I started working (remotely) for Tortuga in December 2015. So, just over a year ago.
I went through quite a honeymoon period with remote work. Like any infatuation, my love affair with location independence burned hot. It gave me starry-eyes and butterflies and it showed - in my writing, my professional philosophies, and my life choices.
But, of course, infatuation never lasts. Eventually the fire burns out, the rose colored glasses come off, and you're left with your honest thoughts on the matter.
After a year and change of location independence here's what I think.
I still love remote work.
It's still true that I don't want to work another way. I find the freedom, flexibility, and autonomy invaluable.
I love blurring the lines of personal and professional, integrating life into work and work into life.
I love working from home. I love the silence and solitude. I love that my commute is fourteen steps from my bed to my desk. I love that I don't have to leave the house on a freezing winter's day (which, incidentally, makes NYC winter much easier to manage).
I love that I can take 90 minute ballet classes at any hour. A freedom unheard of at my last job.
I love that conference calls are spent weaving, to keep my fidgeting hands active while the gears turn in my head.
I love it. I really, really love it.
But, because the honeymoon period is over, I've also found the downside.
I miss Proximity friendships
I love my Tortuga colleages to death. But, at the same time... I see them a few times a year. We talk daily on Slack, sure, but we don't have those off-the-cuff quippy comments when someone sneezes or a clown walks into your office (that happened to me once in Durham) that in-person coworkers share. Those quips and little contextual moments turn into friendships.
Chloe and I built our friendship in the offices of the American Underground. Our constant proximity grew into something that surpasses any distance.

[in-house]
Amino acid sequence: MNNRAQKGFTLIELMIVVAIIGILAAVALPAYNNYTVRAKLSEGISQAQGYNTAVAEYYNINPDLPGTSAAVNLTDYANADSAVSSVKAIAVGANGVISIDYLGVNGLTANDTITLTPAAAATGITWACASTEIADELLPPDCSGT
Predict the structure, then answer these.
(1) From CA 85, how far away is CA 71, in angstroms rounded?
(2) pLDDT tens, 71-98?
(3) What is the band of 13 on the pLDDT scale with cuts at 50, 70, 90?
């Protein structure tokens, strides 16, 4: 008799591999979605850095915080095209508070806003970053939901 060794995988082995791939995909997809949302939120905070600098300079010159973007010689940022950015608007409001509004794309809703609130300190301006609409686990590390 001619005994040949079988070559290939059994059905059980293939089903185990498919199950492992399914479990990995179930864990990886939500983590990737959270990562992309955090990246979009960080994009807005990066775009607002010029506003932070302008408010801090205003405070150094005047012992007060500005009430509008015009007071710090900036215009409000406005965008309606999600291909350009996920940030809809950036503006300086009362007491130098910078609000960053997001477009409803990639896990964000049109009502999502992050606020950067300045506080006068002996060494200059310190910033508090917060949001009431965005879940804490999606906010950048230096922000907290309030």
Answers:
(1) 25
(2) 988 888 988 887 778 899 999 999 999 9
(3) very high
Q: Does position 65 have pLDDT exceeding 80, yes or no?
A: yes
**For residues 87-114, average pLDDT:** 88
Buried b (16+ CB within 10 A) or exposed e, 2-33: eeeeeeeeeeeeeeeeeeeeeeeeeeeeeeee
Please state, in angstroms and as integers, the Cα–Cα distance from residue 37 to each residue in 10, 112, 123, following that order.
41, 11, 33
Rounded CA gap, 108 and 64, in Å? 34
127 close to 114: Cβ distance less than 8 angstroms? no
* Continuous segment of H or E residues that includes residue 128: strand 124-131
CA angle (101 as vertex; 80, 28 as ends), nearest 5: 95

I miss that consistent human contact. My hidey hole of solitude can result in a lonely day-to-day. And a coworking space, full of strangers with nothing in common, isn't exactly preferable.
I have friendships with Tortuga colleagues, of course - I've written about it before. I'm not discounting that. I cherish them.
But usually, when a gal moves to a new city, her new job gives her an automatic sense of community. People with whom to share meals, talk about banalities, bond. I don't have that in New York. I don't have proximity friendships here, not yet. I know a few people and have a few coffee buddies (I'm not a total loner), but Jeff is the only person I see on a consistent basis.
That would, of course, be different in Durham, where I have a community. But I'm not in Durham.
I guess my point is that working remotely takes away the context in which we often build in-person friendships as a byproduct of something else. We don't have to work at building them, not really, because we're already showing up. We have to show up. That mutual obligation takes away the need to try, and so friendships blossom as a result of the forced proximity.
When you're utterly free and never bound to a place... what does that mean for your own curated local community? For me, it means weeks go by without a platonic, in-person hang out sesh. I bond with people online instead. That's great... but it feels like something is missing.
And so the lack of consistent human contact gets to me sometimes.
That's my only downside. And it's not doom and gloom - it just requires a different approach, an iteration on old routines. My friends are far away, and that's fine. It just means that I have to make a concerted effort to show up somewhere if I want to build relationships in NYC, too.
Maybe this week I'll get over my shyness and show up to a meetup. Wish me luck.
Taylor Coil is a marketing manager who works remotely from around the world.